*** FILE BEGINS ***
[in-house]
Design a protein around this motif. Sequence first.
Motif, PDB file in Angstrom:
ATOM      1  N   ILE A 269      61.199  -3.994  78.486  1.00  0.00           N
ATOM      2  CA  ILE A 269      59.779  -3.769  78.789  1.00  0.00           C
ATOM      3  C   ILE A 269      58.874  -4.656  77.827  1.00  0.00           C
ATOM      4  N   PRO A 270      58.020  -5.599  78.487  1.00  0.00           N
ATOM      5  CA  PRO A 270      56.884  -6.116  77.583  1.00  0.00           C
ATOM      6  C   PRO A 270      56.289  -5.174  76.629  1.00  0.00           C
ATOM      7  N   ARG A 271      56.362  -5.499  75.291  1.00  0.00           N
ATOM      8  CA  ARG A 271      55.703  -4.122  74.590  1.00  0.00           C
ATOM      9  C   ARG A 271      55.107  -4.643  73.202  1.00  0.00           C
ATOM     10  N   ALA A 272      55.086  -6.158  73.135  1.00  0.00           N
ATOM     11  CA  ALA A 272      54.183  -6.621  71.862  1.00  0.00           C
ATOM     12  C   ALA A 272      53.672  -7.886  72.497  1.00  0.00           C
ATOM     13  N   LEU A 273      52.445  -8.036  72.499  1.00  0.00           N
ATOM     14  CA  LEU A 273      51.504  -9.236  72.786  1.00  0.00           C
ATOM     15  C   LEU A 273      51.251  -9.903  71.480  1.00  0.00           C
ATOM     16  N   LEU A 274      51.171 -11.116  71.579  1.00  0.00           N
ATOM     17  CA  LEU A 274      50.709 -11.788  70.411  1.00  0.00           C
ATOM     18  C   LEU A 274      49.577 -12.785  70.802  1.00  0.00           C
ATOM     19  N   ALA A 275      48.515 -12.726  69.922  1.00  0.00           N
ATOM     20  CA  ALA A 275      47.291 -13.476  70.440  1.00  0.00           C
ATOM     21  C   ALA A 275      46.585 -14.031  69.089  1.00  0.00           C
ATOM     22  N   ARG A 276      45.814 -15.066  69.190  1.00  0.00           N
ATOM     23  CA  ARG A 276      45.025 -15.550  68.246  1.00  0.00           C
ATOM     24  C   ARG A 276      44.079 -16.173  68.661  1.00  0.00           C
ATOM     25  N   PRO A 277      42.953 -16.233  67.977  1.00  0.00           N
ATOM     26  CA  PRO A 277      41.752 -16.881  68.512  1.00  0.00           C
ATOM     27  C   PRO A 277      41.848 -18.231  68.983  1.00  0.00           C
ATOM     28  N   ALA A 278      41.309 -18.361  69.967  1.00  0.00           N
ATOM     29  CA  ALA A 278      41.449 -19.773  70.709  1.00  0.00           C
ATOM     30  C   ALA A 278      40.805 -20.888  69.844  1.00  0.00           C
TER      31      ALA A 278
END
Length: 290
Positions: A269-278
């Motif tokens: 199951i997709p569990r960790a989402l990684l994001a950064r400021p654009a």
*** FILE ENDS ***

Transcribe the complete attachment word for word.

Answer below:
[in-house]
Design a protein around this motif. Sequence first.
Motif, PDB file in Angstrom:
ATOM      1  N   ILE A 269      61.199  -3.994  78.486  1.00  0.00           N
ATOM      2  CA  ILE A 269      59.779  -3.769  78.789  1.00  0.00           C
ATOM      3  C   ILE A 269      58.874  -4.656  77.827  1.00  0.00           C
ATOM      4  N   PRO A 270      58.020  -5.599  78.487  1.00  0.00           N
ATOM      5  CA  PRO A 270      56.884  -6.116  77.583  1.00  0.00           C
ATOM      6  C   PRO A 270      56.289  -5.174  76.629  1.00  0.00           C
ATOM      7  N   ARG A 271      56.362  -5.499  75.291  1.00  0.00           N
ATOM      8  CA  ARG A 271      55.703  -4.122  74.590  1.00  0.00           C
ATOM      9  C   ARG A 271      55.107  -4.643  73.202  1.00  0.00           C
ATOM     10  N   ALA A 272      55.086  -6.158  73.135  1.00  0.00           N
ATOM     11  CA  ALA A 272      54.183  -6.621  71.862  1.00  0.00           C
ATOM     12  C   ALA A 272      53.672  -7.886  72.497  1.00  0.00           C
ATOM     13  N   LEU A 273      52.445  -8.036  72.499  1.00  0.00           N
ATOM     14  CA  LEU A 273      51.504  -9.236  72.786  1.00  0.00           C
ATOM     15  C   LEU A 273      51.251  -9.903  71.480  1.00  0.00           C
ATOM     16  N   LEU A 274      51.171 -11.116  71.579  1.00  0.00           N
ATOM     17  CA  LEU A 274      50.709 -11.788  70.411  1.00  0.00           C
ATOM     18  C   LEU A 274      49.577 -12.785  70.802  1.00  0.00           C
ATOM     19  N   ALA A 275      48.515 -12.726  69.922  1.00  0.00           N
ATOM     20  CA  ALA A 275      47.291 -13.476  70.440  1.00  0.00           C
ATOM     21  C   ALA A 275      46.585 -14.031  69.089  1.00  0.00           C
ATOM     22  N   ARG A 276      45.814 -15.066  69.190  1.00  0.00           N
ATOM     23  CA  ARG A 276      45.025 -15.550  68.246  1.00  0.00           C
ATOM     24  C   ARG A 276      44.079 -16.173  68.661  1.00  0.00           C
ATOM     25  N   PRO A 277      42.953 -16.233  67.977  1.00  0.00           N
ATOM     26  CA  PRO A 277      41.752 -16.881  68.512  1.00  0.00           C
ATOM     27  C   PRO A 277      41.848 -18.231  68.983  1.00  0.00           C
ATOM     28  N   ALA A 278      41.309 -18.361  69.967  1.00  0.00           N
ATOM     29  CA  ALA A 278      41.449 -19.773  70.709  1.00  0.00           C
ATOM     30  C   ALA A 278      40.805 -20.888  69.844  1.00  0.00           C
TER      31      ALA A 278
END
Length: 290
Positions: A269-278
């Motif tokens: 199951i997709p569990r960790a989402l990684l994001a950064r400021p654009a």